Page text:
Posts: 2,756
Likes: 3
W
veteran
Offline
veteran
W
Joined: Apr 2010
Posts: 2,756
Likes: 3
A while back I located all the Fusible links and relocated them to where I can easily see them to check/inspect, clamp a DC clamp ammeter around them.

The Headlamps, and the blower motor, make up a majority of the current which can pass through the bulkhead connector, and the wire gauge they used are are absolute minimum what they could get away with, and SAE gauge is 6 to 12% thinner than AWG as a result there is more resistance on teh wire nd the connectors and everything gets hotter and eventually the fuse starts blowing often or the fusible link and the burnt wires in teh bulkhead connector will keep causing issues.

If one uses relays for their headlamps, and then only uses the original wiring to trigger these relays, not only does more voltage reach the headlamps, making them brighter, but it takes a significant percentage of load off of the headlight switch, the dimmer switch, and the main fuse box, and some of the bulkhead connectors and the fusible links. The other signal lights, will also get more voltage and be brighter.


The Blower motor, well while mine is perfectly operable through the speed resistors and speed switch( not always the case...long story), I now instead use a PWM motor speed controller, to have infinite speed on the blower motor, and have it receive higher voltage and spin faster and waste less amperage as heat in the resistors, and take load off the bulkhead connector and the fusible links feeding it.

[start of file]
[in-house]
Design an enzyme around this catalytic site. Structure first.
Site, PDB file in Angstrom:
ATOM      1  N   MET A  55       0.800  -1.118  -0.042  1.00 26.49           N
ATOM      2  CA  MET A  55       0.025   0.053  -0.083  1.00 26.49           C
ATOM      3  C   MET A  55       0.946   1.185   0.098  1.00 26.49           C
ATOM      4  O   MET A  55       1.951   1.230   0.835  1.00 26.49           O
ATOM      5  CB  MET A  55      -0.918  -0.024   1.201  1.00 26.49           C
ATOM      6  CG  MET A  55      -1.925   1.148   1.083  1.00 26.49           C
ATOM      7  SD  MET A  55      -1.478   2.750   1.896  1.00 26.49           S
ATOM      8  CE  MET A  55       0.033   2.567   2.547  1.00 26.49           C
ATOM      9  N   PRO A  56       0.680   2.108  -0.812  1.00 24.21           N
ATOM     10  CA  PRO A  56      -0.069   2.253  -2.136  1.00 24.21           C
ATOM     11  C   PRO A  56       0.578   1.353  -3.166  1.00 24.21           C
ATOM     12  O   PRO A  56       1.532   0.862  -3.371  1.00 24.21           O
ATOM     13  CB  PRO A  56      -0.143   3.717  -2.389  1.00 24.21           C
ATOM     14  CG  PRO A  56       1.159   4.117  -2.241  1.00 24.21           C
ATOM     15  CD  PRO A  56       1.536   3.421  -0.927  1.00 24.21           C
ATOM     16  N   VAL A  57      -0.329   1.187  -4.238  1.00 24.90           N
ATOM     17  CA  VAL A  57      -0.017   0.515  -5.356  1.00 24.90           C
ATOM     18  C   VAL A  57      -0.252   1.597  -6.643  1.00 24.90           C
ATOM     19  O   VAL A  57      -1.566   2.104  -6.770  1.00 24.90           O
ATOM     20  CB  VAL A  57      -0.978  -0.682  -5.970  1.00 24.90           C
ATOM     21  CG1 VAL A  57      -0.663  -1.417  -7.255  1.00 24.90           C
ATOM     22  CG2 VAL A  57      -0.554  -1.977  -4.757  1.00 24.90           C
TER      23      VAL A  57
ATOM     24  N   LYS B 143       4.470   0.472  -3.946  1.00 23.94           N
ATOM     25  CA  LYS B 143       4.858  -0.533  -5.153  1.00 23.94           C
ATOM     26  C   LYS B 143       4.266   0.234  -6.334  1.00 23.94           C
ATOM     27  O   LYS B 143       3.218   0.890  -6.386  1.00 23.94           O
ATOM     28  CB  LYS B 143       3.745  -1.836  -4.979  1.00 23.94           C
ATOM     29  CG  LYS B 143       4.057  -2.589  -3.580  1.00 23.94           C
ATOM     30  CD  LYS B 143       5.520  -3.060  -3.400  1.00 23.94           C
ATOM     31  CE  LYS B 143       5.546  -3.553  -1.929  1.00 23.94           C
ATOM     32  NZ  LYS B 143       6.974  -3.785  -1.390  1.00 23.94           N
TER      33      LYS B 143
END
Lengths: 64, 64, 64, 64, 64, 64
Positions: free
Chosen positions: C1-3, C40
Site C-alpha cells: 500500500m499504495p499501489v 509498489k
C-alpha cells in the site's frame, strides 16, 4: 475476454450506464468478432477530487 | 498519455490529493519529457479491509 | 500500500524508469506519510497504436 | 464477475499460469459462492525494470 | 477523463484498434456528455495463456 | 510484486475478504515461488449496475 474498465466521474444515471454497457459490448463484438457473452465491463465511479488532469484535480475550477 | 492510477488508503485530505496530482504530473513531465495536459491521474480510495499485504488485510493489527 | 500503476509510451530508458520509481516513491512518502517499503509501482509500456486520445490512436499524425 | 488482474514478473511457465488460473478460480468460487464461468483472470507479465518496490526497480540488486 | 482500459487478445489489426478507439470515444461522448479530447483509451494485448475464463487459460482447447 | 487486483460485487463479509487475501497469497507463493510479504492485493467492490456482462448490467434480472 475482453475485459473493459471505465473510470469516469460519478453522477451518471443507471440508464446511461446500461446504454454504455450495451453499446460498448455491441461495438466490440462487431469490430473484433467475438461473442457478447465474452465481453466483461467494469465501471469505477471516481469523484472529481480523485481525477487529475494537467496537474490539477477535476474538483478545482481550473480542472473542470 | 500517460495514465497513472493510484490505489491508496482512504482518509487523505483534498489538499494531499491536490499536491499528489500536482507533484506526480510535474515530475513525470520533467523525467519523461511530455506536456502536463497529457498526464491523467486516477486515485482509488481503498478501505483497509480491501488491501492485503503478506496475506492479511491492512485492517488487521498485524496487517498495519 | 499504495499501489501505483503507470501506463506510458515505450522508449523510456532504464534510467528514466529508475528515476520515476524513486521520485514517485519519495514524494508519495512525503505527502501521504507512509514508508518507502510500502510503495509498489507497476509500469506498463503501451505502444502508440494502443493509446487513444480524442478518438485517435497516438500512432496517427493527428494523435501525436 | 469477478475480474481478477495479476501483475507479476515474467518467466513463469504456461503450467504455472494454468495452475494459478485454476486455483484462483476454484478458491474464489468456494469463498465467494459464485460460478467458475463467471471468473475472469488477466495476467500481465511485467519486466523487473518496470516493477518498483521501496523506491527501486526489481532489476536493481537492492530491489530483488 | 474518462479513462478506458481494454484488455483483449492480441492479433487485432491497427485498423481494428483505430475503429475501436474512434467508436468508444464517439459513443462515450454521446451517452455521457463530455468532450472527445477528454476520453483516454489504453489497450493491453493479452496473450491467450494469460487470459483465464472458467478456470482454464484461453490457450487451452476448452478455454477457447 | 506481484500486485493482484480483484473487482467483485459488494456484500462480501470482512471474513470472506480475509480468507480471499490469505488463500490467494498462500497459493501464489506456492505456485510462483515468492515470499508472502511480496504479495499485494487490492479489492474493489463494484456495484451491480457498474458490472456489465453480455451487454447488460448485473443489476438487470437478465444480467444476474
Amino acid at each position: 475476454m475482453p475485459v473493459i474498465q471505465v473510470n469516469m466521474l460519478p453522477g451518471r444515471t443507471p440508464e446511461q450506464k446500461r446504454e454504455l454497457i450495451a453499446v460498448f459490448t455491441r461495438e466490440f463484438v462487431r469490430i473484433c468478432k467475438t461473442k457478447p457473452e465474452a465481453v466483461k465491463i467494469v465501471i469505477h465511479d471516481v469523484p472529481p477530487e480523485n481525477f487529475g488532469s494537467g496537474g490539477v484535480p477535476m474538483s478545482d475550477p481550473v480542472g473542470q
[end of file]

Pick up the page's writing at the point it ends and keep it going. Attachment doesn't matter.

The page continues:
---

PWM motor speed controllers should advertise no less than 21kHZ. Less than this and the motor windings whine annoyingly at reduced speeds.

My newish VDO blower motor, over a very heavy 8 awg circuit, receives lots of voltage, and spinning faster allows it to draw more amperage. It draws about 15.5 amps max @ 14.7v, but changing the airflow outlets and blend door position, change the amperage the motor draws, fairly significantly. The PWM motor speed controller RaM4Ever found and declared was built like a tank, claimed 60 amps, but I think it is more like 40 continuous 60 surge.

Anyway the thing barely gets warm passing 15 amps continuously, and I can run it with the engine off and likely have 25% more potential airflowing through the vents at highest speed.

Good to have a lot of overhead.
The seller of this specific model no longer advertises it, or I'd link it. it was under 20$ though.
I think its a huge improvement in function over the 4 set speeds.

I meant to run a bunch of tests comparing the efficiency improvement between resistor pack and stock circuit and the PWm motor speed controller, but just never bothered to hook up the resistors again, even though it has a 45 amp anderson powerpole right there and takes about 15 seconds to swap which circuit that powers the blower motor

1 member likes this: frscke1
Page 2 of 2 1 2

Moderated by  Astro, Ram4ever 

Link Copied to Clipboard
Donate


discovery
Who's Online Now
1 members (1 invisible), 5 guests, and 5 robots.
Key: Admin, Global Mod, Mod
Newest Members
shorty_82_XL, Roadking103, Coucho, Weber, 65magicbus
11703 Registered Users
Top Posters (30 Days)
SDMickey 142
frscke1 71
Lee7673 40
NateB 36
Forum Statistics
Forums68
Topics38,314
Posts538,275
Members11,703
Most Online177
May 8th, 2013

Powered by UBB.threads™ PHP Forum Software 7.7.4